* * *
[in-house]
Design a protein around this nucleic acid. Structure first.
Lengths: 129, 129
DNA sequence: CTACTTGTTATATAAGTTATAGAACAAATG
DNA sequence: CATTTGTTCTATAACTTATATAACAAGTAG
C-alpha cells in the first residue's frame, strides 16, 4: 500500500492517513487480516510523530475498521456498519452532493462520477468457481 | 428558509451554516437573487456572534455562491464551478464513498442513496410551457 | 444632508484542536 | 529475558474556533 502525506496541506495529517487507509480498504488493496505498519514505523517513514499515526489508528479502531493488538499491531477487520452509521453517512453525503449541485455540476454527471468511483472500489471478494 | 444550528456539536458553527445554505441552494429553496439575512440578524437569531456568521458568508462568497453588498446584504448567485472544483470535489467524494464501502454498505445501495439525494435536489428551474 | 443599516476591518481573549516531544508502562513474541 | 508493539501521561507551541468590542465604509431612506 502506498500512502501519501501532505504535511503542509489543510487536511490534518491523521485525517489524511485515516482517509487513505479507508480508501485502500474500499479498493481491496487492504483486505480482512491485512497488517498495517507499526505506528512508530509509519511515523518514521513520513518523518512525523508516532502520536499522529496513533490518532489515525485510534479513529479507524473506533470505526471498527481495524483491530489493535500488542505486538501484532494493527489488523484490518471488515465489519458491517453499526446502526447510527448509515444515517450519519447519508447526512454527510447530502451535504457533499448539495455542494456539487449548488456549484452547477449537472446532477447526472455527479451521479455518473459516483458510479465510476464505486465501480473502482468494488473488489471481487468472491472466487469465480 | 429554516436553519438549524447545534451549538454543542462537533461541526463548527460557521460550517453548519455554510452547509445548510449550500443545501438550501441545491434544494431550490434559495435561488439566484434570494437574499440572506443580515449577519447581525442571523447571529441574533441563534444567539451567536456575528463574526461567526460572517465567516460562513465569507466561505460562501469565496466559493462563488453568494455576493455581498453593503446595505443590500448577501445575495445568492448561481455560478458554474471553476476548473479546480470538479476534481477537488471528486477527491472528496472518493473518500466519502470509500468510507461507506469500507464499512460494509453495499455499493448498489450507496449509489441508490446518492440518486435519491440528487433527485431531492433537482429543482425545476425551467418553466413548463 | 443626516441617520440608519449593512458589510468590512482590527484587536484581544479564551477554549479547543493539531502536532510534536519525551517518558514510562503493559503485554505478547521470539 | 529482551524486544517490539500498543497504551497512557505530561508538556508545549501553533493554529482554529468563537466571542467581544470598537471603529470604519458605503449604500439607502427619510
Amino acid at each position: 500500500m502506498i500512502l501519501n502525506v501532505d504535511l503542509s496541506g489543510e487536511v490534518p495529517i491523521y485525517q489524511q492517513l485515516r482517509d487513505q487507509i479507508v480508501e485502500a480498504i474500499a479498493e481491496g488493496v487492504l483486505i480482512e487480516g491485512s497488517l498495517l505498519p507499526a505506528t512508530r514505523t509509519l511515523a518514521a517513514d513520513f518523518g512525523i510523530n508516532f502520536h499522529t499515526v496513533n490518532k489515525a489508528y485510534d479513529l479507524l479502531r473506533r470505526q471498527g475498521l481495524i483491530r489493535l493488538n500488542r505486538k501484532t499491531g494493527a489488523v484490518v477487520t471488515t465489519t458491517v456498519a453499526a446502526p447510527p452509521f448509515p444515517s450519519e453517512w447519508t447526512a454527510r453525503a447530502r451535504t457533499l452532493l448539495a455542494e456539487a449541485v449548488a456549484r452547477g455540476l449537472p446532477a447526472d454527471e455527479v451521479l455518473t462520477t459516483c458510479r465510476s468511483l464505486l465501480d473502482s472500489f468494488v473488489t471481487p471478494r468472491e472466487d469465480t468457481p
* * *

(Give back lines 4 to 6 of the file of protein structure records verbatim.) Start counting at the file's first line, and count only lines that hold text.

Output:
DNA sequence: CTACTTGTTATATAAGTTATAGAACAAATG
DNA sequence: CATTTGTTCTATAACTTATATAACAAGTAG
C-alpha cells in the first residue's frame, strides 16, 4: 500500500492517513487480516510523530475498521456498519452532493462520477468457481 | 428558509451554516437573487456572534455562491464551478464513498442513496410551457 | 444632508484542536 | 529475558474556533 502525506496541506495529517487507509480498504488493496505498519514505523517513514499515526489508528479502531493488538499491531477487520452509521453517512453525503449541485455540476454527471468511483472500489471478494 | 444550528456539536458553527445554505441552494429553496439575512440578524437569531456568521458568508462568497453588498446584504448567485472544483470535489467524494464501502454498505445501495439525494435536489428551474 | 443599516476591518481573549516531544508502562513474541 | 508493539501521561507551541468590542465604509431612506 502506498500512502501519501501532505504535511503542509489543510487536511490534518491523521485525517489524511485515516482517509487513505479507508480508501485502500474500499479498493481491496487492504483486505480482512491485512497488517498495517507499526505506528512508530509509519511515523518514521513520513518523518512525523508516532502520536499522529496513533490518532489515525485510534479513529479507524473506533470505526471498527481495524483491530489493535500488542505486538501484532494493527489488523484490518471488515465489519458491517453499526446502526447510527448509515444515517450519519447519508447526512454527510447530502451535504457533499448539495455542494456539487449548488456549484452547477449537472446532477447526472455527479451521479455518473459516483458510479465510476464505486465501480473502482468494488473488489471481487468472491472466487469465480 | 429554516436553519438549524447545534451549538454543542462537533461541526463548527460557521460550517453548519455554510452547509445548510449550500443545501438550501441545491434544494431550490434559495435561488439566484434570494437574499440572506443580515449577519447581525442571523447571529441574533441563534444567539451567536456575528463574526461567526460572517465567516460562513465569507466561505460562501469565496466559493462563488453568494455576493455581498453593503446595505443590500448577501445575495445568492448561481455560478458554474471553476476548473479546480470538479476534481477537488471528486477527491472528496472518493473518500466519502470509500468510507461507506469500507464499512460494509453495499455499493448498489450507496449509489441508490446518492440518486435519491440528487433527485431531492433537482429543482425545476425551467418553466413548463 | 443626516441617520440608519449593512458589510468590512482590527484587536484581544479564551477554549479547543493539531502536532510534536519525551517518558514510562503493559503485554505478547521470539 | 529482551524486544517490539500498543497504551497512557505530561508538556508545549501553533493554529482554529468563537466571542467581544470598537471603529470604519458605503449604500439607502427619510